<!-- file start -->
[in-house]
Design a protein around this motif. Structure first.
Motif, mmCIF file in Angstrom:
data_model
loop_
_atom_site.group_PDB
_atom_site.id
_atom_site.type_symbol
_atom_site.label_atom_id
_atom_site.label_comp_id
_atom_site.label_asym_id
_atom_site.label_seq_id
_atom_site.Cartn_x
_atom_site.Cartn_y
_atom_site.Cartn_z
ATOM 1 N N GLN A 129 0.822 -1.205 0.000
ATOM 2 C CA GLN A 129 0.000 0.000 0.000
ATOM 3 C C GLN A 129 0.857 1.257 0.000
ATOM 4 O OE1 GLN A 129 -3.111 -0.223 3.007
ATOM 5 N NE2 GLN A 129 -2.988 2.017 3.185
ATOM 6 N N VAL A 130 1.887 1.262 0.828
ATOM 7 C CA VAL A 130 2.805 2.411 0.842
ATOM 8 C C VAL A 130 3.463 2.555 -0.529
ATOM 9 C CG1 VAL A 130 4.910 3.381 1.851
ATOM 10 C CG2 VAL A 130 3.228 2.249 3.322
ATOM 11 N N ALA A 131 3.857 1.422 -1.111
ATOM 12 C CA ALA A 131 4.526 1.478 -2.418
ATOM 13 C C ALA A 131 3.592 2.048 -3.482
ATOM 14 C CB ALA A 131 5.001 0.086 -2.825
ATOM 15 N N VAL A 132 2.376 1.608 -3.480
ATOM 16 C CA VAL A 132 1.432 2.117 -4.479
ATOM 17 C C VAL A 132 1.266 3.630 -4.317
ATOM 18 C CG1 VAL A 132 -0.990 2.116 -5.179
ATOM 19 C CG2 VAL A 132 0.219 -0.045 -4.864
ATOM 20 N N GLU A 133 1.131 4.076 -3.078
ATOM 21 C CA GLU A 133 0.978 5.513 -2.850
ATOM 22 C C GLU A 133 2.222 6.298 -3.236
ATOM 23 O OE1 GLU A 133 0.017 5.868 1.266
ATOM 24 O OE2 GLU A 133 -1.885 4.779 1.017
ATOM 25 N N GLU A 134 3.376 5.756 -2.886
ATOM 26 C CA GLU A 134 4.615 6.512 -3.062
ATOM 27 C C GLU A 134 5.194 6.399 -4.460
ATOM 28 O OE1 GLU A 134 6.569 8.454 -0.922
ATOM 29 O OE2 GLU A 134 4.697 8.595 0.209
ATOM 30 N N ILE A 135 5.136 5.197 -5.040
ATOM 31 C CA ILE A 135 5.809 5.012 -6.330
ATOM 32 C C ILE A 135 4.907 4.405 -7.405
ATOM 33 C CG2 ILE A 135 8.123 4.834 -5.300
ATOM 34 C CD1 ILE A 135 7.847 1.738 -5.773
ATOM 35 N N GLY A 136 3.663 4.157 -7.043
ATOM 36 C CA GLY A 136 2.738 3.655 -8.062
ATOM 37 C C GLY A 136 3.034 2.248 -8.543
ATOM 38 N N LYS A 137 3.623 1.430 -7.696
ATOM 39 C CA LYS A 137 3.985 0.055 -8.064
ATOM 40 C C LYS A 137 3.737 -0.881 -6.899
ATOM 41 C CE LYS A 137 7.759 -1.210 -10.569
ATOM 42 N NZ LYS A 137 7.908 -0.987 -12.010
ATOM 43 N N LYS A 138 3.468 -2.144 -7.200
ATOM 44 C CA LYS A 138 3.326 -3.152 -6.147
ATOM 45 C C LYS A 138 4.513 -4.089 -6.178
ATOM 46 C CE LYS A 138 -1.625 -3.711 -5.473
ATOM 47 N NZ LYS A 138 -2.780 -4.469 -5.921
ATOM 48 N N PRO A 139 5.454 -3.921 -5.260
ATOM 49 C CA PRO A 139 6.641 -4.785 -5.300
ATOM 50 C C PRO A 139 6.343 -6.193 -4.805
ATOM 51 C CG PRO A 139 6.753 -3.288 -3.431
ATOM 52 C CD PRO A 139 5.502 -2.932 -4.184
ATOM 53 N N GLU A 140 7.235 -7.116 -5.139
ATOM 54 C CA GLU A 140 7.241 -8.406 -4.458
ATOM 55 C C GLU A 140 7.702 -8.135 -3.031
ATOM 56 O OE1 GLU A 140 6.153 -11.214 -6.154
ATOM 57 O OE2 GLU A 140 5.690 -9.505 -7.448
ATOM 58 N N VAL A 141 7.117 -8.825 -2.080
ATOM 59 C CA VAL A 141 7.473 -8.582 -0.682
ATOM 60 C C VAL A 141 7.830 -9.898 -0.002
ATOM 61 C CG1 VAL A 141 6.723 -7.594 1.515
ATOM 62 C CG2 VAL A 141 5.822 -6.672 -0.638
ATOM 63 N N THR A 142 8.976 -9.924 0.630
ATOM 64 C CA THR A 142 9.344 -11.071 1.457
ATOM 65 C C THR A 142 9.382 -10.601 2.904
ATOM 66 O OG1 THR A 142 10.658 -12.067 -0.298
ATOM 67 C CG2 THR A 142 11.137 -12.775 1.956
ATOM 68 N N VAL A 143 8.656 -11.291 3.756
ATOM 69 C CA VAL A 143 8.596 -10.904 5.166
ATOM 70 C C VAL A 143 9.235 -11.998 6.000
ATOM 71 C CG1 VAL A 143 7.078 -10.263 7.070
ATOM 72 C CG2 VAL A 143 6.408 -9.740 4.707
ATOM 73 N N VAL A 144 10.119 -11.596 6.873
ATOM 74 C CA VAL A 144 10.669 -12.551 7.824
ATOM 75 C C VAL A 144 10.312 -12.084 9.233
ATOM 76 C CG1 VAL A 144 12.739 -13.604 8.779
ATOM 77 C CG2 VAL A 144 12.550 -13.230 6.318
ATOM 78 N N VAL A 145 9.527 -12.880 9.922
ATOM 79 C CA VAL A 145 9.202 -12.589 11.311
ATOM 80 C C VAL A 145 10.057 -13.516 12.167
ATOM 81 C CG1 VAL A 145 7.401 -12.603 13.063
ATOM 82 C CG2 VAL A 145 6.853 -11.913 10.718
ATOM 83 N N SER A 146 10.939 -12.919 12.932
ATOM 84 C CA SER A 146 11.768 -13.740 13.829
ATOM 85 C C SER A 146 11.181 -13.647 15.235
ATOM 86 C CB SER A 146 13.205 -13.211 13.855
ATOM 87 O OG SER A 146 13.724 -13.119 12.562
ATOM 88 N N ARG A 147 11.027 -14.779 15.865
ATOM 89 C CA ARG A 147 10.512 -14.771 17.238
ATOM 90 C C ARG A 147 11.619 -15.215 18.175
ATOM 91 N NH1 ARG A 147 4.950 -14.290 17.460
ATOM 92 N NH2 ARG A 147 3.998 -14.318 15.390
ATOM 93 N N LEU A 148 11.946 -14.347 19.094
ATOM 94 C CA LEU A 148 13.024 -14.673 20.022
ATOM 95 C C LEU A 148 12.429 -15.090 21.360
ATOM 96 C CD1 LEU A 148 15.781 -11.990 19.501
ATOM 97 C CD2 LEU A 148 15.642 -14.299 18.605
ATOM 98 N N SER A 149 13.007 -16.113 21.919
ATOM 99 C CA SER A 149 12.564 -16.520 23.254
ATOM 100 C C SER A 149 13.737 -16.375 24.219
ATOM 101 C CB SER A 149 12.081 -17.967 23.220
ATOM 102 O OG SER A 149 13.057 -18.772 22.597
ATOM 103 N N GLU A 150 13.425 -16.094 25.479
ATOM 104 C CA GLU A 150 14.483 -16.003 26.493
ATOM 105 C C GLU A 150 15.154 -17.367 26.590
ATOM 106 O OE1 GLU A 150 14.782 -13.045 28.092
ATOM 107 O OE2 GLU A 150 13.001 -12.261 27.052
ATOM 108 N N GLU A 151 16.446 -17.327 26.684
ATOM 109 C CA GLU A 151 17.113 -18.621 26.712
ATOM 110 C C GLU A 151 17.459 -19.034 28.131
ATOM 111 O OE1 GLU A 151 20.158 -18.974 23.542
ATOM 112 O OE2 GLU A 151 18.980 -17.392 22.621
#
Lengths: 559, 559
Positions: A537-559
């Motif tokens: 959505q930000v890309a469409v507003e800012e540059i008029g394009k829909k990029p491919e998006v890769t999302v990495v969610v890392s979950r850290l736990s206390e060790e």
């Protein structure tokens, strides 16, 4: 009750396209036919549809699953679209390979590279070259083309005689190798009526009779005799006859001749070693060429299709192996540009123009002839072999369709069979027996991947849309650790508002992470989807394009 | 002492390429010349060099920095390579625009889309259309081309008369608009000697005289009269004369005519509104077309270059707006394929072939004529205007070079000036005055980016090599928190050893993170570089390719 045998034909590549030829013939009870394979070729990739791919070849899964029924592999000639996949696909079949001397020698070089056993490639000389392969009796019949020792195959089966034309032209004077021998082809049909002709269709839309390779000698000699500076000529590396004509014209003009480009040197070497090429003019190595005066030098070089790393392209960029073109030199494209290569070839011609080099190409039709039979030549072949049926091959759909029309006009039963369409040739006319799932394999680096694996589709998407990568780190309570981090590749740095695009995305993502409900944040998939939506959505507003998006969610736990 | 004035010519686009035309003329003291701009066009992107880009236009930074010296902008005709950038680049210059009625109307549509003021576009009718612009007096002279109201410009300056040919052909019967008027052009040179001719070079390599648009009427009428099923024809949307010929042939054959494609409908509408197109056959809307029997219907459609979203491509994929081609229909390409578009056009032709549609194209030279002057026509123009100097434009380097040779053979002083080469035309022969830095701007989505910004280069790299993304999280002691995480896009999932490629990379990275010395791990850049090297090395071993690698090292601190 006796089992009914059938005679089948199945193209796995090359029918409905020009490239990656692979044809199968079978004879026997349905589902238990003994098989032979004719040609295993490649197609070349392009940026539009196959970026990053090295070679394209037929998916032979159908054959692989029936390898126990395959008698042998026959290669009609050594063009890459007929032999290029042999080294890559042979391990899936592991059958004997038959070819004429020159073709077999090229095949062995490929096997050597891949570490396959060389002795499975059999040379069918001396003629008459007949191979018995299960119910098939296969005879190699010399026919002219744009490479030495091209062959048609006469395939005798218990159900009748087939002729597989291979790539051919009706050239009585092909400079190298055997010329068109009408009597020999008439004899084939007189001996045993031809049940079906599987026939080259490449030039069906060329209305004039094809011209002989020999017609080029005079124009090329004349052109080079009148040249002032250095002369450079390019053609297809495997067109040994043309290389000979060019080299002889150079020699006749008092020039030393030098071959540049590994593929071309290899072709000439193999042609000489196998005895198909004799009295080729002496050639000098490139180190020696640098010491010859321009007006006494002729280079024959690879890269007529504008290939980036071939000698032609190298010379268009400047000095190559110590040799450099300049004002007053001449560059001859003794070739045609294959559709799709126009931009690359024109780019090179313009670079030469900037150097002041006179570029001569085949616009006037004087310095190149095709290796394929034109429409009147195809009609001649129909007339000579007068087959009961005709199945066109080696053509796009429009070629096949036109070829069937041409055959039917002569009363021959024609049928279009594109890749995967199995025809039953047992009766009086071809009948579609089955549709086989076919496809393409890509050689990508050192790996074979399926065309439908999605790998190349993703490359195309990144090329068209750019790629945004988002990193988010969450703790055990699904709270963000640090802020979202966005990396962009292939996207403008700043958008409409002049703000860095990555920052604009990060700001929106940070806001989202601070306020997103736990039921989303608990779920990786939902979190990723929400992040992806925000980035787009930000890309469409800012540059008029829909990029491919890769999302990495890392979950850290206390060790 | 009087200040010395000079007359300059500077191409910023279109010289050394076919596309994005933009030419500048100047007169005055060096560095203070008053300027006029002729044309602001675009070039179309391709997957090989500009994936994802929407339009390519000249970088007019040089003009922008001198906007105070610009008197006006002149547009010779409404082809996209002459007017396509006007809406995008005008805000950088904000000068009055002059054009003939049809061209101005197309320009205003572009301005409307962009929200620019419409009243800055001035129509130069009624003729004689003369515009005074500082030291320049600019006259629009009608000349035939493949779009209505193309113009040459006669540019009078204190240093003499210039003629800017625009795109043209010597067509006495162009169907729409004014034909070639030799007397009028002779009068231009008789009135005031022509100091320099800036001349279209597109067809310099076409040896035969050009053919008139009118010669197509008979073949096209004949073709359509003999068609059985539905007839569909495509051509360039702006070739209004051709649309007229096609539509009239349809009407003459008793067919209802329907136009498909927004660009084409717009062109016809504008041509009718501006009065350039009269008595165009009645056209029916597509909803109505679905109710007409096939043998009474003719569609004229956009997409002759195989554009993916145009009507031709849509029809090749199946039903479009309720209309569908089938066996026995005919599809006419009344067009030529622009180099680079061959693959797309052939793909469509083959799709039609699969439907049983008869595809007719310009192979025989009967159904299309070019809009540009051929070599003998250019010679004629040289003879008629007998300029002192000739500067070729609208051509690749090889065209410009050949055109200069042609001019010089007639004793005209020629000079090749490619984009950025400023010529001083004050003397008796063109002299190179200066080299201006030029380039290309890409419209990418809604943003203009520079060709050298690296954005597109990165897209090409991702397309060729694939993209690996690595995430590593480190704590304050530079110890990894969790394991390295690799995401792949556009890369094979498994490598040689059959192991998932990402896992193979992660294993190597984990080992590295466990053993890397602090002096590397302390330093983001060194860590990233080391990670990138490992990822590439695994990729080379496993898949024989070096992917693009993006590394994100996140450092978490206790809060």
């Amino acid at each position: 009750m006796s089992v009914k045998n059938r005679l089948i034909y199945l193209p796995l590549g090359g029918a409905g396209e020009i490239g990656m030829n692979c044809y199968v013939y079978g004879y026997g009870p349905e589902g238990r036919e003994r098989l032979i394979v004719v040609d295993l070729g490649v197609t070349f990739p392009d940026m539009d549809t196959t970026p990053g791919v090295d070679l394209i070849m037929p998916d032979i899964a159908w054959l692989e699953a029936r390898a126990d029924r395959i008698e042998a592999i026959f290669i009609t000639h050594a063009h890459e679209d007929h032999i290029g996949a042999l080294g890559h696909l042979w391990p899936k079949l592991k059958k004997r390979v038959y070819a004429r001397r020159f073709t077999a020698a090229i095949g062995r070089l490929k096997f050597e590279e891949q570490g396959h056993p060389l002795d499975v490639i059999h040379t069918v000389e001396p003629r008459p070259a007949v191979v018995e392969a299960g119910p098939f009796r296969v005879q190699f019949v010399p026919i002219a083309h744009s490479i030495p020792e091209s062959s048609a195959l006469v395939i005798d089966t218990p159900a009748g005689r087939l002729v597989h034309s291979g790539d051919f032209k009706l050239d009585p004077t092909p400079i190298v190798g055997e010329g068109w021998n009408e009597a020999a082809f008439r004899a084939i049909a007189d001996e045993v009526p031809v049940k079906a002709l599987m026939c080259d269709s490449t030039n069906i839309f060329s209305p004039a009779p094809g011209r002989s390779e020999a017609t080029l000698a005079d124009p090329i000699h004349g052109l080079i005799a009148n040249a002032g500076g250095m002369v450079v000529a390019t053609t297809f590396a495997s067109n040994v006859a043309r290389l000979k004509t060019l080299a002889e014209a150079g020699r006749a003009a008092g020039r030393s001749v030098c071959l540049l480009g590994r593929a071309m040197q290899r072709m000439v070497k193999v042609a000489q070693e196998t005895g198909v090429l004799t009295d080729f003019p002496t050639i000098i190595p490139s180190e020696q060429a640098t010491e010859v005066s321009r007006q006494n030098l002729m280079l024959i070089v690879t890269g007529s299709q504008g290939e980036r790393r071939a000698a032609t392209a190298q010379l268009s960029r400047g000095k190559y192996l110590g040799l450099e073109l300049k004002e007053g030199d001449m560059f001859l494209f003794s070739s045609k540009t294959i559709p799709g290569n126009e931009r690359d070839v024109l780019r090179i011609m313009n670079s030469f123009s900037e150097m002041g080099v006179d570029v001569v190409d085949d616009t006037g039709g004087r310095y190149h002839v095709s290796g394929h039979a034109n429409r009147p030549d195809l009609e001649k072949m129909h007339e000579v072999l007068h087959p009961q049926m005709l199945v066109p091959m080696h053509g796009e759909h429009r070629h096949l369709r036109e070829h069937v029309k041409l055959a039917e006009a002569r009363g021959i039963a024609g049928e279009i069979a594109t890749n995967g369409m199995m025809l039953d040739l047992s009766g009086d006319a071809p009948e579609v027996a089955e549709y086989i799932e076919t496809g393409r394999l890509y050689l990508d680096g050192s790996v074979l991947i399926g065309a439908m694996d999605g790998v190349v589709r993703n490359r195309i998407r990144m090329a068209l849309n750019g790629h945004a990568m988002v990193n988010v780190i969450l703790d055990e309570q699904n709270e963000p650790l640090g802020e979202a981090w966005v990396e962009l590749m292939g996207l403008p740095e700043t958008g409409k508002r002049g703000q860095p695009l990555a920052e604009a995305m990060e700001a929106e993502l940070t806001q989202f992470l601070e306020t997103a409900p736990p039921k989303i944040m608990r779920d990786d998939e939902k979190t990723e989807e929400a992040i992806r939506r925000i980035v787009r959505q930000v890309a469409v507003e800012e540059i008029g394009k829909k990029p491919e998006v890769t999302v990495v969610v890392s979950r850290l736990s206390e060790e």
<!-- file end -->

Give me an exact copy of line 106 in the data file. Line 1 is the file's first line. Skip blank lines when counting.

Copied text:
ATOM 91 N NH1 ARG A 147 4.950 -14.290 17.460